Pigmalion Zoo

The posters for Pigmalion Zoo simply advertise it as ‘A New Play’ with no trace or clue as to who may have written it. Having watched Pigmalion Zoo I can now understand why a writer would refuse to take credit for a play that can only be described as the theatrical equivalent of a punch in the crotch. That’s of course assuming that the play had a writer at all, which from the evidence is highly questionable.

It is ostensibly a satire on the highly corporate nature of the modern world. There is a minimal amount of exposition included in the programme which is genuinely tantalising. The line ‘God has been found dead in a Sainsbury’s car park’ particularly stirred my desire for dark comedy. However, apart from repeating the exposition from the programme word for word in the play itself there was absolutely nothing more said about it. This is no exaggeration. There was nothing said about it. What happened onstage had no discernible relevance to what the play was meant to be about. In fact it had no discernible relevance to anything.

There was one exception. The traditional saying of grace at the dinner table was replaced by the mad singing of advertising jingles. This is not a bad way of making a relatively simple point, that Coca-Cola has replaced God. For some reason this singing kept going on and on, kept getting stranger and stranger until the joke was utterly dead. All satiric intent was lost amidst animal-like howling and bizarre dancing. This flogging of a dead joke was presumably done because it was deemed too funny to drop, too ingenious not to ram repeatedly down the audience’s throat. Maybe if we scream it louder people will finally get it.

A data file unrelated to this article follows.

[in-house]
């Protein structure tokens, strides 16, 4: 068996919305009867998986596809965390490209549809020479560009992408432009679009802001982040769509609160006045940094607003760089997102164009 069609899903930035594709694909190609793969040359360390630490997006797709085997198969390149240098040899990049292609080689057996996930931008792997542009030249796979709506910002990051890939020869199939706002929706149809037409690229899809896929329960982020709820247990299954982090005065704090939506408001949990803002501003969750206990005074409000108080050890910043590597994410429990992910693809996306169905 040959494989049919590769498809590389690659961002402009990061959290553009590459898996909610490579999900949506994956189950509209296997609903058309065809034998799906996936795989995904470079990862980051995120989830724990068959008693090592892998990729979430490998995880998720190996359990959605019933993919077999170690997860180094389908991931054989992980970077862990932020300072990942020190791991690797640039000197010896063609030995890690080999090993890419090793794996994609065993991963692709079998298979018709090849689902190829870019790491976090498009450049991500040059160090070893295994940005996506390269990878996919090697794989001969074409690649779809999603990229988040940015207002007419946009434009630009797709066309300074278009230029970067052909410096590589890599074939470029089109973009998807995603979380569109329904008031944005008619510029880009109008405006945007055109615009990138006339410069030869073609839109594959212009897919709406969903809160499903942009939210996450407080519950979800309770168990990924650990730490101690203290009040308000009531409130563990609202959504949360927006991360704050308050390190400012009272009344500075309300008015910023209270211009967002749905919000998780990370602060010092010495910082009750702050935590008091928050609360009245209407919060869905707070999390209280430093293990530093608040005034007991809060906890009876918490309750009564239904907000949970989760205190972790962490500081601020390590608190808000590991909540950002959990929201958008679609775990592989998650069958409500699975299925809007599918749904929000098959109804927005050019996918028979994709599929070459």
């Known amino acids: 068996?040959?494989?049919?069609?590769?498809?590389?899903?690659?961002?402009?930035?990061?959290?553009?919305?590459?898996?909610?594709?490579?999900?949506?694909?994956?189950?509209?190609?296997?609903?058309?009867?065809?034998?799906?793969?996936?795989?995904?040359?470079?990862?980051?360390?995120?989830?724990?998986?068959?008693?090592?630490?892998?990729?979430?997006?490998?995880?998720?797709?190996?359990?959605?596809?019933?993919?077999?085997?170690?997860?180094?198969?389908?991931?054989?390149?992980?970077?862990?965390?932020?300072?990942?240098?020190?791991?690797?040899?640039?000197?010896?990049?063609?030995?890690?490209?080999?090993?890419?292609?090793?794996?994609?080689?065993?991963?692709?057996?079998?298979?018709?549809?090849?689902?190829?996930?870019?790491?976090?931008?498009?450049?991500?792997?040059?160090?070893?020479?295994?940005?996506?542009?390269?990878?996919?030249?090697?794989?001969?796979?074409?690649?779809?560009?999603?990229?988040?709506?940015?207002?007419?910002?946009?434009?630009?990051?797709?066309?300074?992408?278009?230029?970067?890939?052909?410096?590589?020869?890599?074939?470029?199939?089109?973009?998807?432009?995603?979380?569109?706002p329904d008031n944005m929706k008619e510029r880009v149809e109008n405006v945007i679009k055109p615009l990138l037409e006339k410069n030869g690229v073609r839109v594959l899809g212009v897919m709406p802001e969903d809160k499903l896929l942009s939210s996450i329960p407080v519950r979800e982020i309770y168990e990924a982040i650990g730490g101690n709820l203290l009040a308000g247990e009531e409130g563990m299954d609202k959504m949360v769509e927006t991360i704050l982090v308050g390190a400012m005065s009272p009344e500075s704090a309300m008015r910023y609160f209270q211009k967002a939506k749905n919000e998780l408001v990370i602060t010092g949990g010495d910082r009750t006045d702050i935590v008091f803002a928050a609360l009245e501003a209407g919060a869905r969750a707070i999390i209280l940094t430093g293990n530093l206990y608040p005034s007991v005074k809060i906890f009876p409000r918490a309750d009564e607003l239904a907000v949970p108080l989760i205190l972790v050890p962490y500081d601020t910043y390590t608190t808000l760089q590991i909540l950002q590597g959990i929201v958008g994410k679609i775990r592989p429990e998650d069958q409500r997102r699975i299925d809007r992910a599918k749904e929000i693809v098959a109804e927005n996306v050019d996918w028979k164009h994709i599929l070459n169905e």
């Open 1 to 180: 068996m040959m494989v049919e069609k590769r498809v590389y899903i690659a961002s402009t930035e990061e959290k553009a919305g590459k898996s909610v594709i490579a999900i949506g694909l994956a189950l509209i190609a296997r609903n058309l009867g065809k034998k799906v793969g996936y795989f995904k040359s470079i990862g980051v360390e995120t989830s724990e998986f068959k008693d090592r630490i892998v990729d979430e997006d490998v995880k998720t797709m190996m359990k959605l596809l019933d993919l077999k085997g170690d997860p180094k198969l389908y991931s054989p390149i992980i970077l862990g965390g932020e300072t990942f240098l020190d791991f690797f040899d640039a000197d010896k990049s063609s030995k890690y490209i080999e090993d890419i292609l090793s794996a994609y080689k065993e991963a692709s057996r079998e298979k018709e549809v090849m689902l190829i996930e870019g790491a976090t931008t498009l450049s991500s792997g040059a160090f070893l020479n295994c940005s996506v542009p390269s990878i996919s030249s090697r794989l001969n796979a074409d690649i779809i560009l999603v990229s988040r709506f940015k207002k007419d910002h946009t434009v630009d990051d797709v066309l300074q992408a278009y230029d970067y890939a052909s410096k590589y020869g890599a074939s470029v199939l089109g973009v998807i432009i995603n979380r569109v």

What we have instead of relevance are random bursts of loud music and bad dancing which were not only inexplicable but also incredibly annoying. What was even worse than this annoying filler was the degradation inflicted upon the daughter. She grovels and crawls like a dog (oh! So maybe corporations make us rather beastly? How insightful) in a see-through plastic suit wearing red lingerie underneath. The way she is treated by Angel Carrousel’s Pigmalion was quite simply vile and depraved, inspecting her body like a puppy on show. This behaviour was never explained and one can only surmise that its inclusion in the play was based upon the desire to be deliberately repulsive. Congratulations. It worked.

A depressing, badly-acted cesspit of drivel, Pigmalion Zoo is not worth recommending even to your enemies.

Reviews by Rory Mackenzie

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The Blurb

God is dead, and when his body turns up in a Sainsbury's car park, the city auditions for a replacement. Pigmalion has plans of his own and begins teaching his daughter the art of seduction. www.oltacompany.com